WHAT IS A POLICE CAUTION?
A police caution is a formal alternative to prosecution in minor cases. You can only be offered a caution if you admit guilt and do not provide a defence, there is sufficient evidence that shows a realistic prospect of conviction if your case were to be prosecuted and you consent to the caution.
There are two types of caution the police may offer you:
- Simple caution: a formal warning that may be given to persons aged 18 or over who admit to committing an offence.
- Conditional caution: requires an offender to comply with conditions, as an alternative to prosecution. The conditions that can be attached must be rehabilitative, reparative and/or a financial penalty.
However, accepting police cautions can have significant impact as they form part of your criminal record and can be referred to in future legal proceedings. They can also have an effect on international travel and be included as part of a criminal record check.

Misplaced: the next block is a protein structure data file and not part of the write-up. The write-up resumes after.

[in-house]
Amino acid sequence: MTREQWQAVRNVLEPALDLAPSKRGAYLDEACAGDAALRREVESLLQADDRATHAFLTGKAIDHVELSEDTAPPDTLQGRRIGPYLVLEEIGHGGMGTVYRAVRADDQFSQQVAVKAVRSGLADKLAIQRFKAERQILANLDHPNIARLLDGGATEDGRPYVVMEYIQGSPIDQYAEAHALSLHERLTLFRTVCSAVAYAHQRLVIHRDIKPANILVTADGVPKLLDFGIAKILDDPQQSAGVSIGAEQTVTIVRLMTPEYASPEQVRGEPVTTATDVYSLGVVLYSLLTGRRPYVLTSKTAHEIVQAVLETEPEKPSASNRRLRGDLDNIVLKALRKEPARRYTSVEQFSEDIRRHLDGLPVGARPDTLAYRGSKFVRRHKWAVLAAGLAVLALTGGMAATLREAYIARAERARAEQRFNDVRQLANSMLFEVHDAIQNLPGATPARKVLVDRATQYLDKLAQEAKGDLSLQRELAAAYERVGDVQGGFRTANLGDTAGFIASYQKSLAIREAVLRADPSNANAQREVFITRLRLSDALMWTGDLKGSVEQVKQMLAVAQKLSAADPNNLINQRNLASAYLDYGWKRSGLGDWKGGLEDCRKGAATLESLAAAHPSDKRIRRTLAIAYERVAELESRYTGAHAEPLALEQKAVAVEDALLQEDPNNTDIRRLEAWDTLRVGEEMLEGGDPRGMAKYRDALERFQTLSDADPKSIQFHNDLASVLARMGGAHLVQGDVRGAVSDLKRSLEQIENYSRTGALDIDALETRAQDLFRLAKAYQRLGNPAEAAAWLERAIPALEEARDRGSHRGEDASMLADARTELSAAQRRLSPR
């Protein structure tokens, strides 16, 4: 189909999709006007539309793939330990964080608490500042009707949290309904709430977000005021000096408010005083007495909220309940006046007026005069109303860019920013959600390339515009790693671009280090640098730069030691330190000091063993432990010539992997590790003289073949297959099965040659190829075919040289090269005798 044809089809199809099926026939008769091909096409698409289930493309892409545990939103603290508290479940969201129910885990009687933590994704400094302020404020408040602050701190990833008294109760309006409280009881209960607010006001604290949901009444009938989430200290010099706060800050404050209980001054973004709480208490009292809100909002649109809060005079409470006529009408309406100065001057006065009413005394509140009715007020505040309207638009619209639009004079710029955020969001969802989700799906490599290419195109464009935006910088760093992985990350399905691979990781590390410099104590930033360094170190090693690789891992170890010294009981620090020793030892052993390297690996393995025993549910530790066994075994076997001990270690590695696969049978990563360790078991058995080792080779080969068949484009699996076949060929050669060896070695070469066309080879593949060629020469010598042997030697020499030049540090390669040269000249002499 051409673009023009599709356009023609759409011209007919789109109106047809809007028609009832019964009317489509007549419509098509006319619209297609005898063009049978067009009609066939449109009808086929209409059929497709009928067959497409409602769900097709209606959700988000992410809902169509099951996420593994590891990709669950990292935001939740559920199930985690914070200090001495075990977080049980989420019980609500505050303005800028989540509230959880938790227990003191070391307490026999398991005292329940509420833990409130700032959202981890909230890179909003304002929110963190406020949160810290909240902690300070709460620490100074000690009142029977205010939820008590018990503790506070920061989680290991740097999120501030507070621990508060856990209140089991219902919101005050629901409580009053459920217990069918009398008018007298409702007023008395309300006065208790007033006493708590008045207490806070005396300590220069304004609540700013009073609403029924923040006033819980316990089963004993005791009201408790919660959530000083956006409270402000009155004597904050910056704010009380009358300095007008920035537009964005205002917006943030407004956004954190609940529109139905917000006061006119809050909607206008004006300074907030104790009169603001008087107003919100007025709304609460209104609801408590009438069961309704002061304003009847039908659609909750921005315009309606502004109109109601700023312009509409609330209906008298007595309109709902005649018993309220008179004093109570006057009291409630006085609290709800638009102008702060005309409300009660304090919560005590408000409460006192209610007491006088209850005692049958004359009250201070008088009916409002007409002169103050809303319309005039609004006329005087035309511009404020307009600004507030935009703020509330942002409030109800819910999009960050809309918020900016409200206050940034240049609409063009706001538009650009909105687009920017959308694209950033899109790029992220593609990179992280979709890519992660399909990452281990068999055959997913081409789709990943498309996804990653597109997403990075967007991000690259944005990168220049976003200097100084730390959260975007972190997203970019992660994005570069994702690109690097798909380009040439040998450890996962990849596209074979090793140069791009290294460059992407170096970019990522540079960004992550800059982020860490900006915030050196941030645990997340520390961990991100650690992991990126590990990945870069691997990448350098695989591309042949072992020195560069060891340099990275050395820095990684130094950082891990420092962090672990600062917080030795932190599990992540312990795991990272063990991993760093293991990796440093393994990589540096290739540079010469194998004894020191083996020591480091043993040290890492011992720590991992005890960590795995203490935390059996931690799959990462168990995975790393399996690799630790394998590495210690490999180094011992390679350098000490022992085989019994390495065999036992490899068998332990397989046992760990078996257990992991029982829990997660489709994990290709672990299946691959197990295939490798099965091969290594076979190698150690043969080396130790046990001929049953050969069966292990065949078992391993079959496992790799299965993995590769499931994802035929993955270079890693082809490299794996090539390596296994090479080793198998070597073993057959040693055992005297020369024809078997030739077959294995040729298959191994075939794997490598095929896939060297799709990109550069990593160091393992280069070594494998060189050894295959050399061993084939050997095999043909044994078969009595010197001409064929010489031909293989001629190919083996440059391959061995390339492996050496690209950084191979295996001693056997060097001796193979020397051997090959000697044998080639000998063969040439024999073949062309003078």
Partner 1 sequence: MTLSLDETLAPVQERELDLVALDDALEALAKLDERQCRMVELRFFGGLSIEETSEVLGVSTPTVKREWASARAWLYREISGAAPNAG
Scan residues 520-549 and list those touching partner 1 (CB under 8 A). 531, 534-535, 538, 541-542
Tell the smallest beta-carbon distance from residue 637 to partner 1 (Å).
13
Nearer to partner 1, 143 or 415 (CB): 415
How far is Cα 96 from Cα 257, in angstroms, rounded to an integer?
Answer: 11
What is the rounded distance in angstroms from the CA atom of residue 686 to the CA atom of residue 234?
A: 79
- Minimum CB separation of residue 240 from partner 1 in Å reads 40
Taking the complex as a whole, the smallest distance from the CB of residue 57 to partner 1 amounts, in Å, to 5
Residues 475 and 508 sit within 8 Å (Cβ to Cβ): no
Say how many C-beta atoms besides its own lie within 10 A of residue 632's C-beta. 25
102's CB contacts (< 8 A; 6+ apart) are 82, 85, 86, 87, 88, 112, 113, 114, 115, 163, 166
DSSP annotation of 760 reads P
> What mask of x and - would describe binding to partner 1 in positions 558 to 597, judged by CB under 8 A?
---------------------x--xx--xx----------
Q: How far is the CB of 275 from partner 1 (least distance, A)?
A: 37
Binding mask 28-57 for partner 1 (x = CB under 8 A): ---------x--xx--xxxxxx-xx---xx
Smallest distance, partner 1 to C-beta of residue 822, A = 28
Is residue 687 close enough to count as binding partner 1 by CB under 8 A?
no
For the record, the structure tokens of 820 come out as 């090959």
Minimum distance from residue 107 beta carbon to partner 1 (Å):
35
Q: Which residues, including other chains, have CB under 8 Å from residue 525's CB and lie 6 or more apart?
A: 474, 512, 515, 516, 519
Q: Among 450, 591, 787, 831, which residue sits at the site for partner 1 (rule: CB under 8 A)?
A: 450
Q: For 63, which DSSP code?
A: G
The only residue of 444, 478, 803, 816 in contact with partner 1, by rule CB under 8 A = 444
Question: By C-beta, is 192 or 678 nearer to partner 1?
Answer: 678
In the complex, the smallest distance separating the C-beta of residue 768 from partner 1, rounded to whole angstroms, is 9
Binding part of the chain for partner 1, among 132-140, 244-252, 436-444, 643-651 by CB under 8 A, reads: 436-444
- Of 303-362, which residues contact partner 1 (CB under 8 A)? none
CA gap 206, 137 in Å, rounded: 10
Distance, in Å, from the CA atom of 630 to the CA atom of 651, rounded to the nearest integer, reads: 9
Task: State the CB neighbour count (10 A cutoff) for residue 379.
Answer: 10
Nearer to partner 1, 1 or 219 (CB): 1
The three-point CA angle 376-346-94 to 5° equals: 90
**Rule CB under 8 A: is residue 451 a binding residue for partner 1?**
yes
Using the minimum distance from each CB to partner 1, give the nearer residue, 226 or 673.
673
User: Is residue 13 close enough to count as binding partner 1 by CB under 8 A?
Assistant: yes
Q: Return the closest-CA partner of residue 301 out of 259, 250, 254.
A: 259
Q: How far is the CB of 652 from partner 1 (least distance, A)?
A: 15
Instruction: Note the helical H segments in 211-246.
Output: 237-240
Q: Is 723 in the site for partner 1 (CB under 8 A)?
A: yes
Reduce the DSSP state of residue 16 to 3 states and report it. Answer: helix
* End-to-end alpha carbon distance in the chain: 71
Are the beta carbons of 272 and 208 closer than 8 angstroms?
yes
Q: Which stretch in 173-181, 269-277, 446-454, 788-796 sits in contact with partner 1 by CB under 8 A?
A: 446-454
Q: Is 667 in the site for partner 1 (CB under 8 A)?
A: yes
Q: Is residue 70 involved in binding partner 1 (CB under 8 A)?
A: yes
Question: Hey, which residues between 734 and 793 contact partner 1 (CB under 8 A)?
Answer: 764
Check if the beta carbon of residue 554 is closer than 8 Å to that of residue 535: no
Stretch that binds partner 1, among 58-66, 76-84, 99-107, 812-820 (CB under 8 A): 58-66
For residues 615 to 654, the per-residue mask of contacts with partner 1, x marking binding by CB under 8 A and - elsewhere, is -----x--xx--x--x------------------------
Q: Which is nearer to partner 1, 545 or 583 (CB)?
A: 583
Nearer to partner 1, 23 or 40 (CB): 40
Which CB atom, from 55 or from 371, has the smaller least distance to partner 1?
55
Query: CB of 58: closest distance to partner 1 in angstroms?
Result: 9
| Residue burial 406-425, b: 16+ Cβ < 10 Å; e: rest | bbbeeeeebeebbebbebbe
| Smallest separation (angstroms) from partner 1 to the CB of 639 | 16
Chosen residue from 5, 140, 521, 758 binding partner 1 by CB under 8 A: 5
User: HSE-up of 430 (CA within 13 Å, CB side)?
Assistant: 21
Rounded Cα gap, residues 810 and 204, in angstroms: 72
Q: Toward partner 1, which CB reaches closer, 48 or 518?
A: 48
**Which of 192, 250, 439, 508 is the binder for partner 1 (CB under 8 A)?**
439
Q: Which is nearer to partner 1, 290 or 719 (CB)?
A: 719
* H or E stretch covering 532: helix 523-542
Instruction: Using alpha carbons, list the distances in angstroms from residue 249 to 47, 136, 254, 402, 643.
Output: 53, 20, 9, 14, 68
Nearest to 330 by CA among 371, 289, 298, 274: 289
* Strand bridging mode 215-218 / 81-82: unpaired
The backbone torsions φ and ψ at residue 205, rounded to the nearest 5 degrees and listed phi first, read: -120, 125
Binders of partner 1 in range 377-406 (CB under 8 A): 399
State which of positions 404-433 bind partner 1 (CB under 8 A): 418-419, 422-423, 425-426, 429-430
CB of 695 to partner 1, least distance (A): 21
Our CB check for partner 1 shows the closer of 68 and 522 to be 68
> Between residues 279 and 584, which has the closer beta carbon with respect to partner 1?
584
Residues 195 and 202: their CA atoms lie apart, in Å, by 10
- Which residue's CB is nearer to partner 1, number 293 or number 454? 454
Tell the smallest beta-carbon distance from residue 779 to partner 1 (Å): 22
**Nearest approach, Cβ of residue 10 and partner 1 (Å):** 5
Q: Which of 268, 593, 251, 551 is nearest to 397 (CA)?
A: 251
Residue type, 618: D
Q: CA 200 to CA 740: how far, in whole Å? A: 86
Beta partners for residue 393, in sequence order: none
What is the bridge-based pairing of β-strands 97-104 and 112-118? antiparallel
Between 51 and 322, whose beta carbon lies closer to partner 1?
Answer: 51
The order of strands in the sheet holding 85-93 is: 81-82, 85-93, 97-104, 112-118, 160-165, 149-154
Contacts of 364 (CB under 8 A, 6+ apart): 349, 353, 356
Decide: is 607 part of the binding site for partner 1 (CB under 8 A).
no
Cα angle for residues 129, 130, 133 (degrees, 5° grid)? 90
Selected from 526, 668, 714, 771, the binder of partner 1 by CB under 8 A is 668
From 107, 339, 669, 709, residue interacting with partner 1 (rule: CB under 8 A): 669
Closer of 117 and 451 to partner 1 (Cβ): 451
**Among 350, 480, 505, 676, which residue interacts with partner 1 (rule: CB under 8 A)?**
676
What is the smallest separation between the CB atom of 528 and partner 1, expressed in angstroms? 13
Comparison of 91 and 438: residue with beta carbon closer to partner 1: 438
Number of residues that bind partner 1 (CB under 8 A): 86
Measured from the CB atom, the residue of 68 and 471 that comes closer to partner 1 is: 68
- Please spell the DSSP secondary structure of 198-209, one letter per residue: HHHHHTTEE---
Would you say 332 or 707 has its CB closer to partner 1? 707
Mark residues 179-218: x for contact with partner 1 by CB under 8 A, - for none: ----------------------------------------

Police cautions stay on your record for 6 years after issue. However, this can be prolonged as the police have the discretion to disclose cautions for longer than this if they deem it relevant to the job you are applying for.
Once a caution has been accepted there is no formal right of appeal. If you seek to quash the caution, this will usually require an application for judicial review. However, the administration of a caution can be challenged by a complaint to the police and an application for expungement. Where this is successful the caution can be removed from both internal police records and the Police National Computer.
If you are uncertain about whether you have any police cautions in the UK you can apply for a copy of your police records through a process called a Subject Access Request (SAR).
If you have reason to challenge a police caution please contact Saunders Law via our website or on 020 7632 4300 to speak to a member of our team.